Photographer's Note

I dedicate this one to our friend Claude (CLODO) who today presented a fine photograph and in his note referred to the flower "Lily of the Valley" as being a traditional token of good luck in France on the First Day of May. I had to confess that I was unaware of this custom but discovered that it had originated in 1561 by King Charles IX of France.

In Britain, however, the Mayflower - the flower of the hawthorn or Crataegus, also commonly known as quickthorn, thornapple, May-tree, whitethorn or hawberry, - has for very long been associated with "May Day" or the beginning of the month of May.

There is a well-known Scottish saying, "Ne'er cast a cloot til Mey's oot" which, roughly translated from Scots means "Never take off any warm clothing until the May flower is in bloom" - in other words until such time as there is little likelihood of cold or severe frost.

But although the blooming of hawthorn is traditionally associated with the beginning of May, there are very few places in Britain where the flowers actually appear before mid-May. And that, of course, became apparent after 1752 when Britain finally adopted the Gregorian calendar which effectively "lost" ten days.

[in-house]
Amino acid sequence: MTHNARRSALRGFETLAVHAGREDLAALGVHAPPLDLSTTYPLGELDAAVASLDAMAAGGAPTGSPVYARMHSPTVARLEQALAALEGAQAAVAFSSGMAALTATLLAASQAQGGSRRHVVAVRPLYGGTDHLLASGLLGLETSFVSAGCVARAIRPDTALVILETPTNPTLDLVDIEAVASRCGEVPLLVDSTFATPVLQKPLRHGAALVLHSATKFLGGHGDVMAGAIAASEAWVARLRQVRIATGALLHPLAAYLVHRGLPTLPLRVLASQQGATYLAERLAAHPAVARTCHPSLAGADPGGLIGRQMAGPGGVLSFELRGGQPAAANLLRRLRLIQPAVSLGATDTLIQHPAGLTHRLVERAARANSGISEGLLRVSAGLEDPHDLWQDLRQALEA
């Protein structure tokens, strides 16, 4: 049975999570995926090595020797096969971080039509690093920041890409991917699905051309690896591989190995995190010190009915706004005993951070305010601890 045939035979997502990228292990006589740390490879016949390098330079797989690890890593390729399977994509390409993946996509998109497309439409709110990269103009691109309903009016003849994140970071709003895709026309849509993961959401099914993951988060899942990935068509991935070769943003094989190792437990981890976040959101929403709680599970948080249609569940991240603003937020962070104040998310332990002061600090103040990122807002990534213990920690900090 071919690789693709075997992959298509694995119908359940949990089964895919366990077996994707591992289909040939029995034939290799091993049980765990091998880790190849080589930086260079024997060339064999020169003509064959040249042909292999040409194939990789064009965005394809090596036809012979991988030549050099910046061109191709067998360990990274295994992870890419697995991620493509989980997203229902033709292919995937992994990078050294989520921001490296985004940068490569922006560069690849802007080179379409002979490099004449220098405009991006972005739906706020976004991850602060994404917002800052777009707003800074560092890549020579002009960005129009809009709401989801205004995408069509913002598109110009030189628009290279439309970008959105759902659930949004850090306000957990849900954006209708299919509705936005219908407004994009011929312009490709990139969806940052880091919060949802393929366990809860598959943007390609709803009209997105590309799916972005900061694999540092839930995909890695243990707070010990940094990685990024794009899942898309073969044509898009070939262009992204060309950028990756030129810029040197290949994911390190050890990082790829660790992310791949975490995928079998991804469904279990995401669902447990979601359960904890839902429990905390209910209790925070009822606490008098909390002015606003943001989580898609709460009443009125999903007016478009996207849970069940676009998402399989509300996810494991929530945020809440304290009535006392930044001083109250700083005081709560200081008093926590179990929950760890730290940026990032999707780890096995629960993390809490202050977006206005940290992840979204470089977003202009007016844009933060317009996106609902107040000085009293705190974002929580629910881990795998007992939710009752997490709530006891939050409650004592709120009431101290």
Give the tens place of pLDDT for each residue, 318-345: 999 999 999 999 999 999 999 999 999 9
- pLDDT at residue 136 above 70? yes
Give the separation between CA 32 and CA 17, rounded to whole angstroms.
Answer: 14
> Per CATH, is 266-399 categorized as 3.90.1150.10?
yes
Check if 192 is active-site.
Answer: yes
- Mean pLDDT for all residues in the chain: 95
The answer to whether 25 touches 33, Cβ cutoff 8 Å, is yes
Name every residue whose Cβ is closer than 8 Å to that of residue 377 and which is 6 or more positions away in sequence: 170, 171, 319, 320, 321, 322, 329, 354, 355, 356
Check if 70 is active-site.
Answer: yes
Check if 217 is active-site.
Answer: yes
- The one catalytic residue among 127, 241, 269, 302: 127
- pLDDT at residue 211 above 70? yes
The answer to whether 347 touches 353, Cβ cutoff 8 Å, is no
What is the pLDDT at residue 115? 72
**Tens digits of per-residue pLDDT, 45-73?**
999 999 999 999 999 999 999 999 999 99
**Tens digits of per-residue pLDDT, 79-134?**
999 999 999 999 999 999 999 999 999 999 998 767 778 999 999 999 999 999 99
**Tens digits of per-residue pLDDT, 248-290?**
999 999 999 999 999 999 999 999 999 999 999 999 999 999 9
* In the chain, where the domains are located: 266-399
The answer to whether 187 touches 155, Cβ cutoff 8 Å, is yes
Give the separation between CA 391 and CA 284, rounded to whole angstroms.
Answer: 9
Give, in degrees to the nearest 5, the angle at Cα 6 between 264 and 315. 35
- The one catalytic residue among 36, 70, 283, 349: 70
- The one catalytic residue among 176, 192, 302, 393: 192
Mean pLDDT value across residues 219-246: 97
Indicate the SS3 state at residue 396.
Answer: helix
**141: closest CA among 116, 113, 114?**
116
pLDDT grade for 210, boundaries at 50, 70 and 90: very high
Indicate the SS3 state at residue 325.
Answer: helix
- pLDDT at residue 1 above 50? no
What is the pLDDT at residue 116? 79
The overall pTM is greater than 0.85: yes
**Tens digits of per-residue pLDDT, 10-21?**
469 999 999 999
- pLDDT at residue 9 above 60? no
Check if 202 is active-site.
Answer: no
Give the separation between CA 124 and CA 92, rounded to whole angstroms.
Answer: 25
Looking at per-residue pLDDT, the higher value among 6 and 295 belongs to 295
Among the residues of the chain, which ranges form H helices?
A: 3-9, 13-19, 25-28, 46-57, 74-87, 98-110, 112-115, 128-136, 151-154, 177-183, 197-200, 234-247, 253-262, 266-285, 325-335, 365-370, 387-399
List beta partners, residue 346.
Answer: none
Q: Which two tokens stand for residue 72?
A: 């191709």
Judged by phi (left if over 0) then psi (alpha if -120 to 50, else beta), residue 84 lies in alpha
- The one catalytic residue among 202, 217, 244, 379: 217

This photo was taken on 8th May last year during one of my regular weekly country walks I have been doing with a group of friends for the last five years - until we were suddenly stopped by Covid-19. I wonder if those wonderful carefree wanderings in the countryside with friends will ever come back?

ISO 400, 1/400 sec at f/8, focal length 55mm.

Here is a link to a larger version of this photograph:

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Additional Photos by John Cannon (tyro) Gold Star Critiquer/Gold Star Workshop Editor/Gold Note Writer [C: 1985 W: 427 N: 7659] (30513)
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